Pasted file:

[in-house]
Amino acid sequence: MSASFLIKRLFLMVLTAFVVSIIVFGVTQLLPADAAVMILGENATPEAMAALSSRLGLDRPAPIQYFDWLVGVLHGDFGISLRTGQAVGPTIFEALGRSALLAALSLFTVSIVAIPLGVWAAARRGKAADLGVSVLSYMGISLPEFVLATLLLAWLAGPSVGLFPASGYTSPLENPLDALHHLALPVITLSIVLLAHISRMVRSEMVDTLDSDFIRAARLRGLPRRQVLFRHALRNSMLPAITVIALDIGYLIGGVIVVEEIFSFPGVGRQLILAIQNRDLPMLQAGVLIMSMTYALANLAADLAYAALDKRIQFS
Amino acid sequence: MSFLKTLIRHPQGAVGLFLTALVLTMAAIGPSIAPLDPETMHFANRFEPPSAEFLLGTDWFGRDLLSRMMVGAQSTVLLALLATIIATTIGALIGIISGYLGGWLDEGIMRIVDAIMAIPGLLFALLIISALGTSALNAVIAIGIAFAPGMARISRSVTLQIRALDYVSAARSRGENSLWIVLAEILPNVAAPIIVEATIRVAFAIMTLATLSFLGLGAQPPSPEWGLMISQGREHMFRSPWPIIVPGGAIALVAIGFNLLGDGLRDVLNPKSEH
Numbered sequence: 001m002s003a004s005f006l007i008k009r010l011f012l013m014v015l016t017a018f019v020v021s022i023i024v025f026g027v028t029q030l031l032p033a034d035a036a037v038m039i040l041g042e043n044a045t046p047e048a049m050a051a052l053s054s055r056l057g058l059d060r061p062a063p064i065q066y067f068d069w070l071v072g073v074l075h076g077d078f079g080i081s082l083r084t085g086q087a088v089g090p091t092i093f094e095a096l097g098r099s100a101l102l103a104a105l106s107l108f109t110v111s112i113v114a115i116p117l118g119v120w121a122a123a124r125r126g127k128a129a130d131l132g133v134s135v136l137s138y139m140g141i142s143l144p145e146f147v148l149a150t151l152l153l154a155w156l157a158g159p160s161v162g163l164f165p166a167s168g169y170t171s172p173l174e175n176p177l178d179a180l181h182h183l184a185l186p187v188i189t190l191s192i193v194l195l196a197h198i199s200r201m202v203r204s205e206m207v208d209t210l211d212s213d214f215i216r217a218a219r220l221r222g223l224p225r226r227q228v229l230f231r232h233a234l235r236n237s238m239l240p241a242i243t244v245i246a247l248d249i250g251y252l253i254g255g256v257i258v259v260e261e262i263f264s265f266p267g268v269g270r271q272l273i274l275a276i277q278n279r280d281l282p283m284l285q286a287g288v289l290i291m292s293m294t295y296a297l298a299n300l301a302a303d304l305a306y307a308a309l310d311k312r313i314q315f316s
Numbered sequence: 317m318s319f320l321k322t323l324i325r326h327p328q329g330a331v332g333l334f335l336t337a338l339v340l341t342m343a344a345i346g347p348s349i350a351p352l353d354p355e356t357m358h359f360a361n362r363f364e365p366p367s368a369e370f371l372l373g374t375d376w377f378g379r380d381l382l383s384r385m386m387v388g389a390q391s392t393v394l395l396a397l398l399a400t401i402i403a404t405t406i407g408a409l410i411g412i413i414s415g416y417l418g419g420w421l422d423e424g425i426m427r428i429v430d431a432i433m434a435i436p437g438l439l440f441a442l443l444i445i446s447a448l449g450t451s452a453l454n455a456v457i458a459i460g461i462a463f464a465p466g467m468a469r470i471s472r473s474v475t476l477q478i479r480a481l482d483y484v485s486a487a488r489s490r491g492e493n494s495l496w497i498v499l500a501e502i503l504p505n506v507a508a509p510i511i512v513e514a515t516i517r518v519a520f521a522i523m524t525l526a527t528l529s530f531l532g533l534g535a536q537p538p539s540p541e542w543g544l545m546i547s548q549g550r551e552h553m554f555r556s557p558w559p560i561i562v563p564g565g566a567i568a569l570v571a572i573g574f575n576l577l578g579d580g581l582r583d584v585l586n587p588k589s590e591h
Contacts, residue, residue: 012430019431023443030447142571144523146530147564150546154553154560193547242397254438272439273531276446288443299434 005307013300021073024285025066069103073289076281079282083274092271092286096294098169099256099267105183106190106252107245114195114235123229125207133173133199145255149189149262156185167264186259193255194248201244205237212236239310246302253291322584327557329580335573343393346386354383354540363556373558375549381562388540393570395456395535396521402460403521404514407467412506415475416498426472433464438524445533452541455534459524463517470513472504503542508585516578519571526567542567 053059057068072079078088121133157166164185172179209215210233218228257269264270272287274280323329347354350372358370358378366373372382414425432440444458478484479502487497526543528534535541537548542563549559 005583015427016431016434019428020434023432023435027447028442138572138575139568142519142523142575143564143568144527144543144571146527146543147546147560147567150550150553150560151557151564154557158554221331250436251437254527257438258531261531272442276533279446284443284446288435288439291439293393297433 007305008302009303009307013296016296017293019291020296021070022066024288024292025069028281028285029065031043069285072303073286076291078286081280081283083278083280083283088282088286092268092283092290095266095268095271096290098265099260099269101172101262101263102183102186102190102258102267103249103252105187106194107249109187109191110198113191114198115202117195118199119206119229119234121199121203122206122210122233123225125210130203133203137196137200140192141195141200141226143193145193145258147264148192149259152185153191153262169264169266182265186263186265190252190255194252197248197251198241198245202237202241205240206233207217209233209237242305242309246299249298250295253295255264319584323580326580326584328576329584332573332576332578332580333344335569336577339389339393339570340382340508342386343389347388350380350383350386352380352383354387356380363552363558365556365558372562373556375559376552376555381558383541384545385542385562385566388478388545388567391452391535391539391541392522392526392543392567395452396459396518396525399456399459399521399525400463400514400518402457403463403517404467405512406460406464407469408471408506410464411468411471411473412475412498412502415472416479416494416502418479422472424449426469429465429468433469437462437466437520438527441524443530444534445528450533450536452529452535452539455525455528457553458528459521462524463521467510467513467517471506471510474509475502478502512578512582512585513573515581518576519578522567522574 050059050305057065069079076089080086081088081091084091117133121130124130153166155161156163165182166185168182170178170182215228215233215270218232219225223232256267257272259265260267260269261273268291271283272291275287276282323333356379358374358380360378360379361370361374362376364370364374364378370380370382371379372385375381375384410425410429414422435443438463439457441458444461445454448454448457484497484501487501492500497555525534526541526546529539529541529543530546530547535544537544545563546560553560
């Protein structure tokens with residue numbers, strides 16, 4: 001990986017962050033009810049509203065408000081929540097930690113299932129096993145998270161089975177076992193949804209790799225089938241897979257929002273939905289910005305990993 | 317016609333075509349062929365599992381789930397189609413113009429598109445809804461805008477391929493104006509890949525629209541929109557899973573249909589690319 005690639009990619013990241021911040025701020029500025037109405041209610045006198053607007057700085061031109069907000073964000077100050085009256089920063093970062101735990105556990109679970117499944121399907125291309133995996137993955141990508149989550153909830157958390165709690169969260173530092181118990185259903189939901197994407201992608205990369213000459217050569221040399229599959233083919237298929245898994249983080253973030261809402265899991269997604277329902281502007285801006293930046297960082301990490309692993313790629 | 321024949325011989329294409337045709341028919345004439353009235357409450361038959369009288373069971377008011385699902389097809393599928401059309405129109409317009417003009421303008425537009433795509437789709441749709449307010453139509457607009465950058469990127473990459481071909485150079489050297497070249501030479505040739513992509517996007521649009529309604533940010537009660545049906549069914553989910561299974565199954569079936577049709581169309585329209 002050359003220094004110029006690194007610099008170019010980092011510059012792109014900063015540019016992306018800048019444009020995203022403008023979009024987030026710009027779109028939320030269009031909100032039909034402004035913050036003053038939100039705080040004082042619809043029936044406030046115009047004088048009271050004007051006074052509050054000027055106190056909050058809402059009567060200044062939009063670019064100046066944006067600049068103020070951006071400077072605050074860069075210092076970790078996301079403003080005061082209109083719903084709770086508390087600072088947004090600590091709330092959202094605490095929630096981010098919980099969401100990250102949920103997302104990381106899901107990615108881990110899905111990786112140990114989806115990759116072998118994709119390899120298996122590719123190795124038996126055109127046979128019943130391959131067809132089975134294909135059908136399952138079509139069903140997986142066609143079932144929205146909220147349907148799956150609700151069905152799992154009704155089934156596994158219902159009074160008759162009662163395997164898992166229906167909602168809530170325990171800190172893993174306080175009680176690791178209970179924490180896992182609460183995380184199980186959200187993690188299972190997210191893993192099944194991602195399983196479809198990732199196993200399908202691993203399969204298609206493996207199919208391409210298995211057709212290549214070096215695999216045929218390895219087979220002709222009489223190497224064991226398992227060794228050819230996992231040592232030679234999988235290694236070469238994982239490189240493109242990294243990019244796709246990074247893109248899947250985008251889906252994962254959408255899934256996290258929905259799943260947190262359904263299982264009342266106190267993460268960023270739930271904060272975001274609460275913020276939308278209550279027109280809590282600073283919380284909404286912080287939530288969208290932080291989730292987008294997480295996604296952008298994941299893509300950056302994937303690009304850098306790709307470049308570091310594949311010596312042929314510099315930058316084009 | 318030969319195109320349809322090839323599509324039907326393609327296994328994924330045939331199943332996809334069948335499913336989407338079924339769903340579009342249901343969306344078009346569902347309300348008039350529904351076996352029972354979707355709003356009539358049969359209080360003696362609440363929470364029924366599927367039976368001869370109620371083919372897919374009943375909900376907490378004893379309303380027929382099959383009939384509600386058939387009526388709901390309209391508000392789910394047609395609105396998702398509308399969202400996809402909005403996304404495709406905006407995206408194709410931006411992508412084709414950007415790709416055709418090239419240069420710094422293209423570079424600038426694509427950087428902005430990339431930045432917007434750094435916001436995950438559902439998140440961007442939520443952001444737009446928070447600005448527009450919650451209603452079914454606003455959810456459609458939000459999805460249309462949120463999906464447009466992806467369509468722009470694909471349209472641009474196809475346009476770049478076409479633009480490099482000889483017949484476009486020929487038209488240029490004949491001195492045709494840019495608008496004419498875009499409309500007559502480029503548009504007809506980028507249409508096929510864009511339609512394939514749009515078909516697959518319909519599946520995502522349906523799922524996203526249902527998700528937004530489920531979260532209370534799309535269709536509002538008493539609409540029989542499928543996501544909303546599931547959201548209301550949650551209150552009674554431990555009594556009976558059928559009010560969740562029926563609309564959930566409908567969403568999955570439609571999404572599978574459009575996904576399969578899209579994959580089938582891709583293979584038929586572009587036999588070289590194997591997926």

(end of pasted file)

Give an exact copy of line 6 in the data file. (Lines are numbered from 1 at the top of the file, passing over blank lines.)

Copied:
Contacts, residue, residue: 012430019431023443030447142571144523146530147564150546154553154560193547242397254438272439273531276446288443299434 005307013300021073024285025066069103073289076281079282083274092271092286096294098169099256099267105183106190106252107245114195114235123229125207133173133199145255149189149262156185167264186259193255194248201244205237212236239310246302253291322584327557329580335573343393346386354383354540363556373558375549381562388540393570395456395535396521402460403521404514407467412506415475416498426472433464438524445533452541455534459524463517470513472504503542508585516578519571526567542567 053059057068072079078088121133157166164185172179209215210233218228257269264270272287274280323329347354350372358370358378366373372382414425432440444458478484479502487497526543528534535541537548542563549559 005583015427016431016434019428020434023432023435027447028442138572138575139568142519142523142575143564143568144527144543144571146527146543147546147560147567150550150553150560151557151564154557158554221331250436251437254527257438258531261531272442276533279446284443284446288435288439291439293393297433 007305008302009303009307013296016296017293019291020296021070022066024288024292025069028281028285029065031043069285072303073286076291078286081280081283083278083280083283088282088286092268092283092290095266095268095271096290098265099260099269101172101262101263102183102186102190102258102267103249103252105187106194107249109187109191110198113191114198115202117195118199119206119229119234121199121203122206122210122233123225125210130203133203137196137200140192141195141200141226143193145193145258147264148192149259152185153191153262169264169266182265186263186265190252190255194252197248197251198241198245202237202241205240206233207217209233209237242305242309246299249298250295253295255264319584323580326580326584328576329584332573332576332578332580333344335569336577339389339393339570340382340508342386343389347388350380350383350386352380352383354387356380363552363558365556365558372562373556375559376552376555381558383541384545385542385562385566388478388545388567391452391535391539391541392522392526392543392567395452396459396518396525399456399459399521399525400463400514400518402457403463403517404467405512406460406464407469408471408506410464411468411471411473412475412498412502415472416479416494416502418479422472424449426469429465429468433469437462437466437520438527441524443530444534445528450533450536452529452535452539455525455528457553458528459521462524463521467510467513467517471506471510474509475502478502512578512582512585513573515581518576519578522567522574 050059050305057065069079076089080086081088081091084091117133121130124130153166155161156163165182166185168182170178170182215228215233215270218232219225223232256267257272259265260267260269261273268291271283272291275287276282323333356379358374358380360378360379361370361374362376364370364374364378370380370382371379372385375381375384410425410429414422435443438463439457441458444461445454448454448457484497484501487501492500497555525534526541526546529539529541529543530546530547535544537544545563546560553560